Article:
This trend bears out in secondary market data: Shipments of used smartphones increased nearly 10 percent, to 309.4 million shipments, in 2023, up from 282.6 million units the year prior, according to research firm IDC. For a lot of people, a good phone really is just good enough.

Apple is also selling privacy as part of its generative AI package, saying that Apple Intelligence “is integrated into the core of your iPhone, iPad, and Mac through on-device processing.” Apple’s AI tools use Apple-developed large language models, instead of relying on another entity’s models or a patchwork of LLMs, as confirmed by Axios. In instances where an iPhone isn’t capable of processing a user’s actions or queries on their device, Apple Intelligence will send the user’s data to a server running on Apple silicon, which will keep that user’s personal data secure, the company says.

Which raises the question: If Apple is already planning to offload some of the processing to its cloud, then couldn’t a slightly older iPhone—like the iPhone 14 Pro, which is powered by a slightly older chip—also get the AI glow-up?

Michael Gartenberg, a consumer technology analyst at Flash Advisory & Research who previously worked at Apple, says he can’t technically say at this point whether Apple “is being disingenuous about what devices can run this. But I do know iPhones can already run ChatGPT and an awful lot of Google’s AI features, so I suspect this is the opportunity Apple has been waiting for to tell you that the iPhone 13 really isn’t good enough anymore,” he says.

Another question the introduction of Apple Intelligence raises, pertaining to iPhone sales, is whether it gives consumers a reason not to buy an iPhone before this upcoming fall, Gartenberg says, which stalls the current iPhone buying cycle. (And that’s assuming buyers want the generative AI features at all; Pew survey results suggest Americans are slightly more concerned than excited about generative AI.)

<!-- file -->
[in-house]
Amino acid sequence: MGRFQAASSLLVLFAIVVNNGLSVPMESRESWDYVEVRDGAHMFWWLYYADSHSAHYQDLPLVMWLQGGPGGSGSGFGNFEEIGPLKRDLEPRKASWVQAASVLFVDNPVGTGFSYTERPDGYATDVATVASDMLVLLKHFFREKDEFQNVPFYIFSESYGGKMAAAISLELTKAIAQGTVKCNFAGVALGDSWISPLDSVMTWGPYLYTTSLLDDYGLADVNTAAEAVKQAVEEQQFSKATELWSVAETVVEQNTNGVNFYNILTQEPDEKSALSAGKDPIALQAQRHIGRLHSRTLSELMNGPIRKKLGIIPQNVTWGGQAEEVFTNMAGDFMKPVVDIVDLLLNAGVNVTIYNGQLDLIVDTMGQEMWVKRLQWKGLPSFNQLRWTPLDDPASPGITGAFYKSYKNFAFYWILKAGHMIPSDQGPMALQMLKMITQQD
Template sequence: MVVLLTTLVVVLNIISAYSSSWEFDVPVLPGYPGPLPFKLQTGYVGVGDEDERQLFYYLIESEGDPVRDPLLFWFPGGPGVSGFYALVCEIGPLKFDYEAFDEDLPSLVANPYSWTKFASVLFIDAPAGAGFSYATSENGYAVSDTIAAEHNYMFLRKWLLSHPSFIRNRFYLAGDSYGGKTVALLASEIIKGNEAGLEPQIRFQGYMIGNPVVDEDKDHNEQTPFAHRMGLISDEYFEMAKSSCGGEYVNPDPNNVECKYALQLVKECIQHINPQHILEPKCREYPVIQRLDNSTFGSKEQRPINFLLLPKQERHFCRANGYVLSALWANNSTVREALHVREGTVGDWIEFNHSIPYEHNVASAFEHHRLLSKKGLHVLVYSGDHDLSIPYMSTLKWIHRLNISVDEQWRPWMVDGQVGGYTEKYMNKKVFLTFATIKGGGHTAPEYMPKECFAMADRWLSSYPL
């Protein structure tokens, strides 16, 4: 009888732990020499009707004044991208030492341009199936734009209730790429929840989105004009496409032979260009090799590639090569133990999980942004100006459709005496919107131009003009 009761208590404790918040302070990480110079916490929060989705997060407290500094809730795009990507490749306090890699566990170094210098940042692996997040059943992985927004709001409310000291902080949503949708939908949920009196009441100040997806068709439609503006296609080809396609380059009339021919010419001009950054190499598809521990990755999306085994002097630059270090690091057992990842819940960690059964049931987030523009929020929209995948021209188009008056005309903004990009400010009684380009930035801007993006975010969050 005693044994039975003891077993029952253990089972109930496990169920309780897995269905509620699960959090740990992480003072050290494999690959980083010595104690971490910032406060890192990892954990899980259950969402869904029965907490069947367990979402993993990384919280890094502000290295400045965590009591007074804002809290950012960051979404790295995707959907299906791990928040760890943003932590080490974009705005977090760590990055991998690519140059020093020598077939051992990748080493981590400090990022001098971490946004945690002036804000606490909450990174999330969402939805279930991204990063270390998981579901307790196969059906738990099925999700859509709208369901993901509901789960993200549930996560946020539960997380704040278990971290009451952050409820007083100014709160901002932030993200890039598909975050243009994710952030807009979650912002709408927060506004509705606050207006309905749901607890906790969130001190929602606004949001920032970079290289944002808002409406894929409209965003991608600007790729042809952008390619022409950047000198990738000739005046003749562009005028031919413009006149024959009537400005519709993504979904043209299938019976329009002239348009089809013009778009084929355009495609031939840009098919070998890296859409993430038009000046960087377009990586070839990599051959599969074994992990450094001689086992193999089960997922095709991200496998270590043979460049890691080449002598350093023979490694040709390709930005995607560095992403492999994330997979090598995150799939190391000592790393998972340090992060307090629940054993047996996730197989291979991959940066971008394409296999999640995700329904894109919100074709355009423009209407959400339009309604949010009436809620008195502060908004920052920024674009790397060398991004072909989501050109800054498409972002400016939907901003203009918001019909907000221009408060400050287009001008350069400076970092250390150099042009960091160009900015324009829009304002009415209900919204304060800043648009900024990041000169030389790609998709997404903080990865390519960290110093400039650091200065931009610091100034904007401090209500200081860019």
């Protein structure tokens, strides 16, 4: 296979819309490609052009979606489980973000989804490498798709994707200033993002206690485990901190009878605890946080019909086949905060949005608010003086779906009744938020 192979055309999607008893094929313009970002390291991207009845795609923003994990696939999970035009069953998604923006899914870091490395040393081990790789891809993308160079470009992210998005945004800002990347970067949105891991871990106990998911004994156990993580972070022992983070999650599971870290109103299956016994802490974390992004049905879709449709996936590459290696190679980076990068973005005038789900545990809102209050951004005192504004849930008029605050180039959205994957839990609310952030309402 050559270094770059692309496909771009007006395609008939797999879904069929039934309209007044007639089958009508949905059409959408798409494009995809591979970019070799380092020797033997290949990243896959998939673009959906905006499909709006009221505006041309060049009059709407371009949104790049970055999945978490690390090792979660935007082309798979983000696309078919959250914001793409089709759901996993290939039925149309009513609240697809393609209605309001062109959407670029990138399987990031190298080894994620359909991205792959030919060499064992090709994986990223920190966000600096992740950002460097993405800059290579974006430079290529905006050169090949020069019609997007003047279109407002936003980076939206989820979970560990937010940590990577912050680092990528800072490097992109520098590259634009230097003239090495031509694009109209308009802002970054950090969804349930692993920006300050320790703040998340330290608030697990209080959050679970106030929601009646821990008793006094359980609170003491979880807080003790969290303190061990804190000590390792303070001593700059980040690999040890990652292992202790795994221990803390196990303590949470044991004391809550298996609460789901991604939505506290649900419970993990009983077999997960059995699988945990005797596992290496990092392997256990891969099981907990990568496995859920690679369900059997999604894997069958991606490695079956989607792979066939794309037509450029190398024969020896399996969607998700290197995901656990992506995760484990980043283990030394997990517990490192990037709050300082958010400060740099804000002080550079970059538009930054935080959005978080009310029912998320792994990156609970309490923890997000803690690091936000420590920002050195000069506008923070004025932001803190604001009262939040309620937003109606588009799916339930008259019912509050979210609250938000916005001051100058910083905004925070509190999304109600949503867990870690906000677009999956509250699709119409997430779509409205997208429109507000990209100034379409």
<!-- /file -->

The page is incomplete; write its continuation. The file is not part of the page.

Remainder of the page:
And, since Apple Intelligence will be available only in US English to start, it’s unlikely to immediately boost iPhone sales elsewhere—like in China, one of Apple’s most important markets—unless Apple does some critical “futureproofing,” says Carolina Milanesi, founder of the research firm Heart of Tech.

“It depends on how they roll out experiences to other countries,” she says, like if AI-generated Genmoji are offered as a feature before text editing or other language-based features. “The bigger update cycle will happen next year, when more languages are added,” Milanesi predicts. And in China specifically, Apple has to not only develop language support but determine how it will handle data storage, she says.

Either way Apple now has a new way to compel iPhone buyers to upgrade come September. This time it’s not just selling them on a new camera jammed into the same container; it will undoubtedly try its hardest to convince customers that any newer iPhone is a much smarter smartphone, one that offers a flavor of generative AI much more palatable than the AI chat platforms still in search of application.

Lauren Goode